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Kendall, L. N., et al. "Iconic faces are not real faces: Enhanced emotion detection and altered neural processing as faces become more iconic." Cognitive Research 1. 1 2016. Accessed 29 Dec. 2016. < ... .1186/s41235-016-0021-8>. 
Added by: joachim (12/29/16, 5:44 PM)   Last edited by: joachim (8/13/22, 10:46 AM)
Resource type: Web Article
Language: en: English
DOI: 10.1186/s41235-016-0021-8
BibTeX citation key: Kendall2016
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Categories: General
Keywords: Basics, Caricature, Cognition, Psychology
Creators: Kendall, Kingstone, Raffaelli, Todd
Collection: Cognitive Research
Views: 7/918
Attachments   URLs   http://link.spring ... /s41235-016-0021-8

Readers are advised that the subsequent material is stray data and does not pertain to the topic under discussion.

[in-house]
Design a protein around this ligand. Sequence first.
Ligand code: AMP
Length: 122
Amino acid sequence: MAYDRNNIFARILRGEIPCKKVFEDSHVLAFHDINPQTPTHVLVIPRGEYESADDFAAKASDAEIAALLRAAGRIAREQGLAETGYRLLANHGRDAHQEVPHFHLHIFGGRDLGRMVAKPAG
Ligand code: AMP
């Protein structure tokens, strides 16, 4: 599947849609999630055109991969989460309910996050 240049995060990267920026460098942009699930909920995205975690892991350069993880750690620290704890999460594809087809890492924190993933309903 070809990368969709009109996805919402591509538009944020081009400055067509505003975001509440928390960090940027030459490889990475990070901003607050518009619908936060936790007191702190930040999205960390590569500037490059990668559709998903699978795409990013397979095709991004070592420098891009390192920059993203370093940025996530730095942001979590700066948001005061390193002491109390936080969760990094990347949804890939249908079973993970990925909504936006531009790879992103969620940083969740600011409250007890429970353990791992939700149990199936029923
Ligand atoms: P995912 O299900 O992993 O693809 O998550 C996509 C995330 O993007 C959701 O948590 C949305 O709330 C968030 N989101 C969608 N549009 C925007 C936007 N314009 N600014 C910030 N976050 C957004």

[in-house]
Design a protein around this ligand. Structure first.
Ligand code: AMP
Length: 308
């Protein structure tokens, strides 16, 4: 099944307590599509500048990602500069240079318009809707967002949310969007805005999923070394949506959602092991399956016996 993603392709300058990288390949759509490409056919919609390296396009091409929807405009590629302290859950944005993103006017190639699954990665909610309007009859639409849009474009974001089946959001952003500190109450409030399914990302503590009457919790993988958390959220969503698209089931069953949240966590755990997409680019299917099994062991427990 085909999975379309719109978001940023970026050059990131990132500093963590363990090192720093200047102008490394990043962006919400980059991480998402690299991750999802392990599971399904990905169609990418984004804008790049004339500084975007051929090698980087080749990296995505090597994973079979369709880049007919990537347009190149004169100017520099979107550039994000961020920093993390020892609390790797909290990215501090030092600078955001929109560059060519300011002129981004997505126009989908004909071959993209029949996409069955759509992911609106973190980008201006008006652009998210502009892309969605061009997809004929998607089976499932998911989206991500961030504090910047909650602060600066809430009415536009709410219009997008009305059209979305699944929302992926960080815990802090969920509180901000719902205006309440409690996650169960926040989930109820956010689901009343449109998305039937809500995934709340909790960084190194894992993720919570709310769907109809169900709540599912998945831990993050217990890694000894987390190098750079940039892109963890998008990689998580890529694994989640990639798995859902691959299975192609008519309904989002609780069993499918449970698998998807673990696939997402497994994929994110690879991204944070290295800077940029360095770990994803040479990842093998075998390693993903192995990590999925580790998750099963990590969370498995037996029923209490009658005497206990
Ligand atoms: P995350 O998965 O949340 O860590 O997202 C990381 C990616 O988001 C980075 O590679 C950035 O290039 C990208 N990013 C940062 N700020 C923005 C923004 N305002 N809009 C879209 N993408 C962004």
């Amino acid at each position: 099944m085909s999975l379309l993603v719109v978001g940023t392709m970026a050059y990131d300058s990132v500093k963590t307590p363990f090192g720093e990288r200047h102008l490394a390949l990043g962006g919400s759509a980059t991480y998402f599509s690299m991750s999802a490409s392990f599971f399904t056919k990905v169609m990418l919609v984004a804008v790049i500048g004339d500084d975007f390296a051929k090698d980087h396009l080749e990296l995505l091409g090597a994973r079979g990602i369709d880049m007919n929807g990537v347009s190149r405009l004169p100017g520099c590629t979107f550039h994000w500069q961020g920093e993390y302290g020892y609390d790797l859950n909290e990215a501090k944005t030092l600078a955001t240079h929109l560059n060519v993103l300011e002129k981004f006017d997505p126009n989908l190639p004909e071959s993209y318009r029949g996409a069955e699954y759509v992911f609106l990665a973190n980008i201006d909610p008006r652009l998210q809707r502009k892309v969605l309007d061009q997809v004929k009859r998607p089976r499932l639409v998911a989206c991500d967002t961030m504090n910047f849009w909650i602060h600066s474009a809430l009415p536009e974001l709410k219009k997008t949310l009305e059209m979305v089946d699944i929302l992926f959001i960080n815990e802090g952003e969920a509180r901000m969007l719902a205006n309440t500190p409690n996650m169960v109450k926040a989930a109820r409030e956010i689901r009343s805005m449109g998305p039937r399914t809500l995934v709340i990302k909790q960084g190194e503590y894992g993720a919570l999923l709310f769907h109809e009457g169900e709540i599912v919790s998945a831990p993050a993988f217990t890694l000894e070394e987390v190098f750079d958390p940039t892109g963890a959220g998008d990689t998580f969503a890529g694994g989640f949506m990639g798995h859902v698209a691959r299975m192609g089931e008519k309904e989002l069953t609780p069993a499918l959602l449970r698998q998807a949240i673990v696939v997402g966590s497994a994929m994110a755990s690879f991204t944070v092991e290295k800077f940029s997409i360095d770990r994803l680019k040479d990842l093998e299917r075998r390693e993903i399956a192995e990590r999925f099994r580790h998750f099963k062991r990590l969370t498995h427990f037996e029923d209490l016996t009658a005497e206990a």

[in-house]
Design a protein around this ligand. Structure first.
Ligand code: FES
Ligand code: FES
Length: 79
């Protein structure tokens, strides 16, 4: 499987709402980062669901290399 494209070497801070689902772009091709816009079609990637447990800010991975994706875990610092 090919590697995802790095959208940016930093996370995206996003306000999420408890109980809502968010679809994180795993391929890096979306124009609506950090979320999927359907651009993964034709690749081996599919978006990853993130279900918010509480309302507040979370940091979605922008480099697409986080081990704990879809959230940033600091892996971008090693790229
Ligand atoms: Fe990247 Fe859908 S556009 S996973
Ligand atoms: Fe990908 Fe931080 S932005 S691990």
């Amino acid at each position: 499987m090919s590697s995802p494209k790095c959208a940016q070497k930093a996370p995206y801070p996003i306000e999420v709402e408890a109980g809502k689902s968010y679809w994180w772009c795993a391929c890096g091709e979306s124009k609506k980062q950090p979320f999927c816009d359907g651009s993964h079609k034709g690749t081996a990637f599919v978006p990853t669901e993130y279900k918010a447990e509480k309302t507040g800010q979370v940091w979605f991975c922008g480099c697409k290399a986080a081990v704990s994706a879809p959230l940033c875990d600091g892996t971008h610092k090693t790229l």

Iconic representations are ubiquitous; they fill children's cartoons, add humor to newspapers, and bring emotional tone to online communication. Yet, the communicative function they serve remains unaddressed by cognitive psychology. Here, we examined the hypothesis that iconic representations communicate emotional information more efficiently than their realistic counterparts. In Experiment 1, we manipulated low-level features of emotional faces to create five sets of stimuli that ranged from photorealistic to fully iconic. Participants identified emotions on briefly presented faces. Results showed that, at short presentation times, accuracy for identifying emotion on more ``cartoonized'' images was enhanced. In addition, increasing contrast and decreasing featural complexity benefited accuracy. In Experiment 2, we examined an event-related potential component, the P1, which is sensitive to low-level visual stimulus features. Lower levels of contrast and complexity within schematic stimuli were also associated with lower P1 amplitudes. These findings support the hypothesis that iconic representations differ from realistic images in their ability to communicate specific information, including emotion, quickly and efficiently, and that this effect is driven by changes in low-level visual features in the stimuli.
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